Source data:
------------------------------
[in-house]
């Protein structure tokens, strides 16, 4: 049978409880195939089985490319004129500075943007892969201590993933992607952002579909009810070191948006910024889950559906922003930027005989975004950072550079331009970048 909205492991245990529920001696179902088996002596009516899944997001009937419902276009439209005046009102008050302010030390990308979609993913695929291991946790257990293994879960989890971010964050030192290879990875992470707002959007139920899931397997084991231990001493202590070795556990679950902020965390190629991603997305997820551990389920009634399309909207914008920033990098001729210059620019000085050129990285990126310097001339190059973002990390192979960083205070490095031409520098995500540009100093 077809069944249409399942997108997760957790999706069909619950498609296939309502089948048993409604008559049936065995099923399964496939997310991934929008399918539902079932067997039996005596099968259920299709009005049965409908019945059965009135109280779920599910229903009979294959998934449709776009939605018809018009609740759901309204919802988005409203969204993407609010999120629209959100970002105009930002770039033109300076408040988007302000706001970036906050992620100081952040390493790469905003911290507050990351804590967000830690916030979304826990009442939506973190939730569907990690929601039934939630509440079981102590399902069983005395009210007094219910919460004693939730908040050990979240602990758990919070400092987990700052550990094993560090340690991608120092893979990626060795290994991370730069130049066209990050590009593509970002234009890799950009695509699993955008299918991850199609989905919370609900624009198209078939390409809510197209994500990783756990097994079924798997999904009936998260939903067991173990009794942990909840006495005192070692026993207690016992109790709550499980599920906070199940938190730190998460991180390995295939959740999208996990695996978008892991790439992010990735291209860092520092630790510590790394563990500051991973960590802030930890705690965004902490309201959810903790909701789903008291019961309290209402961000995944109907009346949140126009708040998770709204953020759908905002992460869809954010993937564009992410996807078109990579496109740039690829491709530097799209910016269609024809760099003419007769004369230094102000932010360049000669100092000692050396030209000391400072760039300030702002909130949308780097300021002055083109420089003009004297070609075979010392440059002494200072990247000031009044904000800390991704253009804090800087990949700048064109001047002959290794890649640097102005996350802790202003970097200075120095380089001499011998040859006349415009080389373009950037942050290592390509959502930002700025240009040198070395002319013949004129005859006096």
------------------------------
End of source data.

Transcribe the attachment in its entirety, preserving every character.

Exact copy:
[in-house]
């Protein structure tokens, strides 16, 4: 049978409880195939089985490319004129500075943007892969201590993933992607952002579909009810070191948006910024889950559906922003930027005989975004950072550079331009970048 909205492991245990529920001696179902088996002596009516899944997001009937419902276009439209005046009102008050302010030390990308979609993913695929291991946790257990293994879960989890971010964050030192290879990875992470707002959007139920899931397997084991231990001493202590070795556990679950902020965390190629991603997305997820551990389920009634399309909207914008920033990098001729210059620019000085050129990285990126310097001339190059973002990390192979960083205070490095031409520098995500540009100093 077809069944249409399942997108997760957790999706069909619950498609296939309502089948048993409604008559049936065995099923399964496939997310991934929008399918539902079932067997039996005596099968259920299709009005049965409908019945059965009135109280779920599910229903009979294959998934449709776009939605018809018009609740759901309204919802988005409203969204993407609010999120629209959100970002105009930002770039033109300076408040988007302000706001970036906050992620100081952040390493790469905003911290507050990351804590967000830690916030979304826990009442939506973190939730569907990690929601039934939630509440079981102590399902069983005395009210007094219910919460004693939730908040050990979240602990758990919070400092987990700052550990094993560090340690991608120092893979990626060795290994991370730069130049066209990050590009593509970002234009890799950009695509699993955008299918991850199609989905919370609900624009198209078939390409809510197209994500990783756990097994079924798997999904009936998260939903067991173990009794942990909840006495005192070692026993207690016992109790709550499980599920906070199940938190730190998460991180390995295939959740999208996990695996978008892991790439992010990735291209860092520092630790510590790394563990500051991973960590802030930890705690965004902490309201959810903790909701789903008291019961309290209402961000995944109907009346949140126009708040998770709204953020759908905002992460869809954010993937564009992410996807078109990579496109740039690829491709530097799209910016269609024809760099003419007769004369230094102000932010360049000669100092000692050396030209000391400072760039300030702002909130949308780097300021002055083109420089003009004297070609075979010392440059002494200072990247000031009044904000800390991704253009804090800087990949700048064109001047002959290794890649640097102005996350802790202003970097200075120095380089001499011998040859006349415009080389373009950037942050290592390509959502930002700025240009040198070395002319013949004129005859006096």